NEW YORK — Certain infernal regions must be frostier than usual. Stephen King got the National Book Award.
Well, not the Award, exactly, but the annual medal of the association that gives the National Book Awards, which is presented, according to a recent New York Times story, "for distinguished contribution to American letters." Still, considering that other recipients have included John Updike, Philip Roth, and Toni Morrison, King doesn't have anything to be ashamed of in the company he'll be keeping.
The big question that's occupying the chattering classes, though, is whether the company he's keeping has any reason to be ashamed of him.
Let's just get some things out of the way, shall we?
King is an excellent writer, by any yardstick. How do you know? He writes the kind of sentences that make you want to keep reading, for one. That's a pretty powerful recommendation in its own right, I think. He's able to craft stories in language that inspires powerful effects in his readers. How often does any writer manage to evoke that kind of emotion in you - make you actually change your life because of what you've read, even if it's just to the extent of keeping the light in the bathroom on just a little longer than usual, or sneaking a quick peek (even though it's silly - you know it's silly - but just in case) in the closet?
Some people might say that it's easy to scare the living daylights out of someone; what's hard is to make them feel for a character. One word for them: tearjerker. Yes, shameless emotional manipulation is as shameless emotional manipulation does, but even with the occasional Grand Guignol extremes and the sense that occasionally, like some of his characters, King becomes obsessed with particular themes for periods spanning several novels at a stretch (the tormented writer, the endangered child, the weak woman), there's an emotional truth in King's best work that shines through. Sure, he's uneven, but is there anyone who isn't?
Does he write the kind of fiction that most people assign to the category of "literature" nowadays? Not usually; I'll grant you that. But, you know, neither did Edgar Allan Poe, or Arthur Conan Doyle, or Jules Verne, or Dante. Now, don't get me wrong; I'm not claiming that King hits the kind of heights that the finest writers of Western literature have scaled. But those heights are Olympian; I'll settle for saying that King, at his finest, is one of the best American writers working today, and given that the medal is given by the National Book Awards, and not the Grand All Time World Literature Awards, I'm feeling pretty good about saying it.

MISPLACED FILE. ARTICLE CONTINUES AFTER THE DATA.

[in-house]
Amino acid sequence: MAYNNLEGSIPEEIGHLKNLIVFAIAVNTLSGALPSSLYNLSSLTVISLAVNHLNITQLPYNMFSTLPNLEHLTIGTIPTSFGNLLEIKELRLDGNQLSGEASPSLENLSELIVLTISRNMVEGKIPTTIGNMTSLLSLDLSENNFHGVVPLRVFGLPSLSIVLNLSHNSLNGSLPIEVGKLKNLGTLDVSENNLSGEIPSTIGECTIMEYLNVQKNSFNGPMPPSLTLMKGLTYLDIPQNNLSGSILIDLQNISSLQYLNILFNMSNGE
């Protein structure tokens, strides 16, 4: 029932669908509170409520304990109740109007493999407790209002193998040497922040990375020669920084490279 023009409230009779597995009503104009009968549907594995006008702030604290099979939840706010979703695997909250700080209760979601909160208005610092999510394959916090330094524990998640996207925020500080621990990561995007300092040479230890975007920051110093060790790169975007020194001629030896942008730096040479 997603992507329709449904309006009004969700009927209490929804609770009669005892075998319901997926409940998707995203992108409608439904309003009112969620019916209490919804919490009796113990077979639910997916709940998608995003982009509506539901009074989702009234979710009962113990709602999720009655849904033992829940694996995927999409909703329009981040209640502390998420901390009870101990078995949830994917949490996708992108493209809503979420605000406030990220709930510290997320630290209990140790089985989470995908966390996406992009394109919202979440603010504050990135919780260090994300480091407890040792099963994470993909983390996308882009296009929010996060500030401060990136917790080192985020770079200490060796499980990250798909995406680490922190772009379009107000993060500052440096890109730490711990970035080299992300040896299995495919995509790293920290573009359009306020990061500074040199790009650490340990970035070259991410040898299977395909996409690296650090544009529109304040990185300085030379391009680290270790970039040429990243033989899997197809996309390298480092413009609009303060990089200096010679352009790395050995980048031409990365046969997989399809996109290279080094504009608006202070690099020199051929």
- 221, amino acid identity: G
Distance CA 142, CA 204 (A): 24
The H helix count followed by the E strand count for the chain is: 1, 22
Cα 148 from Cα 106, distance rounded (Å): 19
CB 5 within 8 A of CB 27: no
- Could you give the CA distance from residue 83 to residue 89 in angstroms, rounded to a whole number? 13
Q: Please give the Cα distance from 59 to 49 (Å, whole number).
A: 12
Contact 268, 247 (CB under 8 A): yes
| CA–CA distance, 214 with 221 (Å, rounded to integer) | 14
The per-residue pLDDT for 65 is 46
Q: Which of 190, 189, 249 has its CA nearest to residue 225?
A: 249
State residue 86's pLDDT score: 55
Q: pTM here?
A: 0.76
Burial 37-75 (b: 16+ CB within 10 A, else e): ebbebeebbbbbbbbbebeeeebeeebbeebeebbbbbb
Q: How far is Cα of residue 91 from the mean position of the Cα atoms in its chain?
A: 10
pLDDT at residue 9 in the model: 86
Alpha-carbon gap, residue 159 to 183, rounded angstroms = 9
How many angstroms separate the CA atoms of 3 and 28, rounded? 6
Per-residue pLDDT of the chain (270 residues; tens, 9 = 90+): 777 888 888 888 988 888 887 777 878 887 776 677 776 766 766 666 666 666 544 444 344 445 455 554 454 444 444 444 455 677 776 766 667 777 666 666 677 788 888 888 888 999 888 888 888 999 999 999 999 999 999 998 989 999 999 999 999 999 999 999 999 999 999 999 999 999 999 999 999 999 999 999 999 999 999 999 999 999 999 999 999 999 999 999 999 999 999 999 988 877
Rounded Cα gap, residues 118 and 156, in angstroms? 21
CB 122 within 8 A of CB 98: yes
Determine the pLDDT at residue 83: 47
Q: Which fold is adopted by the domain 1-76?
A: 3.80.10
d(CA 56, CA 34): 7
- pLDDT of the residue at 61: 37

(And for the few skeptics out there who aren't willing to take my word for it, you might want to check out King's tattoos of literary cred: publication in Best American Short Stories, his O. Henry Award, and his regular publication in that arbiter of who's literary now, The New Yorker. All these awards and publications are entirely irrelevant to whether you think King's a good writer, of course, but if they make you feel better about defending your secret love of the man at family reunions, then there you go.)
I'm actually more worried about King's defenders than I am his accusers. Ultimately, the accusers are going to be proved right or browbeaten into submission by the judgment of posterity. There was once a package of Elvis' greatest hits called "Fifty Million Elvis Fans Can't Be Wrong." This, of course, is idiotic; fifty million Elvis fans can be wrong. Tens of millions of people were wrong about that whole flat earth thing. The point is that that the Elvis fans aren't wrong, and the reason we know they're not is that chill we get in the back of our neck when we hear The King croon "Love Me Tender" or "Mystery Train." A chill in the back of our neck a little like the one when we read a later King's "Night Shift" or "Different Seasons."
When we read them. In book form. You would think this would be obvious, but I got a chill worthy of the best horror fiction when I read that one of the board members (who shall remain nameless here) praised King's work as follows: "His work has translated so well in so many other mediums ... I really liked that it was not only good on the page, it makes great movies, I mean, really great movies."
God save the King from these kind of defenders. King has written numerous novels and short stories about people damned by vampires, by zombies, by their own fears; he now gets to see how it feels to be damned by the faintest of praise.
King loves writing, and he loves reading. It's clear in his books, which are literate things. Not that Stephen King needs me to flog his books, but a while back he published one called Danse Macabre, which remains to this day the most intelligent treatment of the field of horror out there, particularly (though not only) the literature of horror, both classic and contemporary. Anyone who reads that book can't help but come away with a real respect for the man's insight, intelligence, and broad reading, and sees how he applies it to everything he does. King's books may make great movies, but this isn't even icing on the cake; it's a different food group entirely. King is being honored for his books, and deserves to face posterity's judgment as a writer, not as source material.
One last thing. The man has probably sold as many books as anyone on earth, with the possible exception of this woman in Britain who wrote a couple of novels about a young wizard you might have heard of. And these books, I can guarantee you, are actually read, not used as intellectual decoration or, for that matter, doorstops. King, among a few others, in an age of television and movies, has proven that people will, can, and do read, with avaricious pleasure and full engagement.
Talk about a contribution to American letters.